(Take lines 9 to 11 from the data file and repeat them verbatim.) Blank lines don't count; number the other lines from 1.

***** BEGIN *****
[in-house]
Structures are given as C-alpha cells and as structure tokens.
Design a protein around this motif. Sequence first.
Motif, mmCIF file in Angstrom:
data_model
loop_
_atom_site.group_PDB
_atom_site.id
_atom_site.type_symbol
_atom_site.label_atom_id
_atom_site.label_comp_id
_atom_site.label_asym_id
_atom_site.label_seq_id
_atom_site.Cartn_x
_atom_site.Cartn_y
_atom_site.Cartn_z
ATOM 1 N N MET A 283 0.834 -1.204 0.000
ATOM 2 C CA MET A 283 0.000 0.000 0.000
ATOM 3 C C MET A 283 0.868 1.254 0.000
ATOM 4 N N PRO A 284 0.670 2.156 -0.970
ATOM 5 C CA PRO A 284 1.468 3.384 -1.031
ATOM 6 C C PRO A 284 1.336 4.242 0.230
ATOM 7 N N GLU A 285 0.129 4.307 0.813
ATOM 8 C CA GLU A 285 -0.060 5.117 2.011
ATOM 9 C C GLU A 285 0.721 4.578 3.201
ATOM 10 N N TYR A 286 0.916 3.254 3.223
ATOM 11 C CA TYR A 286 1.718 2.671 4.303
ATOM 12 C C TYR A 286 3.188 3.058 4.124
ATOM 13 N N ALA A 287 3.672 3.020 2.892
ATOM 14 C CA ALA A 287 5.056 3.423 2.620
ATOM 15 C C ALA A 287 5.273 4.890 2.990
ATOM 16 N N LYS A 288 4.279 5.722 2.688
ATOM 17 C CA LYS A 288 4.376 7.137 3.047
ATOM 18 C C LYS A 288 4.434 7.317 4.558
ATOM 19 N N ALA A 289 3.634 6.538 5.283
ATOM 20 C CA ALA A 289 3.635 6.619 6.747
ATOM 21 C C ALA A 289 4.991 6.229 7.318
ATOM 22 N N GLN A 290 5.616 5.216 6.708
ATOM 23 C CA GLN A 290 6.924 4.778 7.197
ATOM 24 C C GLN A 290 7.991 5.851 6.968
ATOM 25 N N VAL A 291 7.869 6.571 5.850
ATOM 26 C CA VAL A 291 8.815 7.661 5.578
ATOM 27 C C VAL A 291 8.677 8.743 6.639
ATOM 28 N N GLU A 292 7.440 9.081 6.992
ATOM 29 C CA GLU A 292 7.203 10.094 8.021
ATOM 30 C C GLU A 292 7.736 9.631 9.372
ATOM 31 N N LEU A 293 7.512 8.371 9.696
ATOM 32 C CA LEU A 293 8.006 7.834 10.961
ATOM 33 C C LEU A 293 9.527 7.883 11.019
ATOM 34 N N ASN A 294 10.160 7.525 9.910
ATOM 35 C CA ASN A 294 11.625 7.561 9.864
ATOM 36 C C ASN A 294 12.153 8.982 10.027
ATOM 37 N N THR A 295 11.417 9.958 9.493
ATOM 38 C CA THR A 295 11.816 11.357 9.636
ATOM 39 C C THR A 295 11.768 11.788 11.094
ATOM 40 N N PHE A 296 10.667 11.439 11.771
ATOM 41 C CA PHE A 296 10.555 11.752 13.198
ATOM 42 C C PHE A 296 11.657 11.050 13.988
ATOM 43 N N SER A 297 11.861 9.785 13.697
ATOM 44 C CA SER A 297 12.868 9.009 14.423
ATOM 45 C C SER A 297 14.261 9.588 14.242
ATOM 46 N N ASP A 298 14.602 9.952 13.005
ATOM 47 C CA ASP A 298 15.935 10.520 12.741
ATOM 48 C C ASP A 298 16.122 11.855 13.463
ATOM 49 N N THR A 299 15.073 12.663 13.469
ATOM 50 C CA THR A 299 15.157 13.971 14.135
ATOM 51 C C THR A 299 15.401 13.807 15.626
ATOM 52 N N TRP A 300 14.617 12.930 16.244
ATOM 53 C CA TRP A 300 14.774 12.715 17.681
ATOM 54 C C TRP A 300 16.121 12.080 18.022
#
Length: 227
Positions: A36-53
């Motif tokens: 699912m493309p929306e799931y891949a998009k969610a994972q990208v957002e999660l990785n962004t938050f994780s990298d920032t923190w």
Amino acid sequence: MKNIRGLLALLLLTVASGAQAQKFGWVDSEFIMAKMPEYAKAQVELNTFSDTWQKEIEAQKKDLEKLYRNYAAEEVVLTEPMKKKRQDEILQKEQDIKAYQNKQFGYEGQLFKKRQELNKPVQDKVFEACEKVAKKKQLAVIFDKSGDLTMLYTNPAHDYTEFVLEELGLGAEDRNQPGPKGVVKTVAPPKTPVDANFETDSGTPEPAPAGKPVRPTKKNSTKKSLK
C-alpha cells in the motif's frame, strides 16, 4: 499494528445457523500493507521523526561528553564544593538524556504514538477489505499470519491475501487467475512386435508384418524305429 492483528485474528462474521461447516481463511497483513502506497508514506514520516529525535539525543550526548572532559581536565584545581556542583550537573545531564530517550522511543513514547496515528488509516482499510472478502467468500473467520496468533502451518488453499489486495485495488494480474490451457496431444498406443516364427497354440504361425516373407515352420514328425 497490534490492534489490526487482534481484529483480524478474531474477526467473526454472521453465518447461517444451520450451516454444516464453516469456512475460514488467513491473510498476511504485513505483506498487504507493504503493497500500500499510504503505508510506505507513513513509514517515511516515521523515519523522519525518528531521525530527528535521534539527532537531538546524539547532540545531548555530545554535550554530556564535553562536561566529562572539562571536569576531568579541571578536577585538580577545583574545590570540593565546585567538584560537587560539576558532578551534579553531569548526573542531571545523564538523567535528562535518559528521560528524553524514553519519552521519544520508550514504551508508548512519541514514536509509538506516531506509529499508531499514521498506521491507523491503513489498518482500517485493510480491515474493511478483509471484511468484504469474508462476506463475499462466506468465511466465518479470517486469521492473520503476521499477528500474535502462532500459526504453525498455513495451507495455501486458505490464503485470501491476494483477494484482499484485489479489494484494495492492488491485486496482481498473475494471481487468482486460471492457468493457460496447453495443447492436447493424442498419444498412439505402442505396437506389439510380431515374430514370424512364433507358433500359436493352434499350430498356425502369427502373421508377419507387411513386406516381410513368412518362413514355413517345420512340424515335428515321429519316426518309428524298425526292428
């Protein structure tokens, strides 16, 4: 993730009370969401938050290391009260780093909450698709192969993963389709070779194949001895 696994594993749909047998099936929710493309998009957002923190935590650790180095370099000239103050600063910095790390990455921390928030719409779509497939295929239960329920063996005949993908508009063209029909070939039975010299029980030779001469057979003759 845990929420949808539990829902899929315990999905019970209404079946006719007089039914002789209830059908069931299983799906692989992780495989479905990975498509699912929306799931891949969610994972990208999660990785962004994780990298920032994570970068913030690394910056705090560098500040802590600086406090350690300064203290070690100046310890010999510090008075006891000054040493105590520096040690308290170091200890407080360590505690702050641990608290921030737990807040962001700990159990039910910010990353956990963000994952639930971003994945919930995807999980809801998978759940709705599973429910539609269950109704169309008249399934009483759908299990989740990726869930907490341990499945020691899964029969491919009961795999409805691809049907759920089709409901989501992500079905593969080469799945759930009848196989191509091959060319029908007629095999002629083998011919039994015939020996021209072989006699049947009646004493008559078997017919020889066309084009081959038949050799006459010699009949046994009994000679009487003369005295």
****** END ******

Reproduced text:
_atom_site.type_symbol
_atom_site.label_atom_id
_atom_site.label_comp_id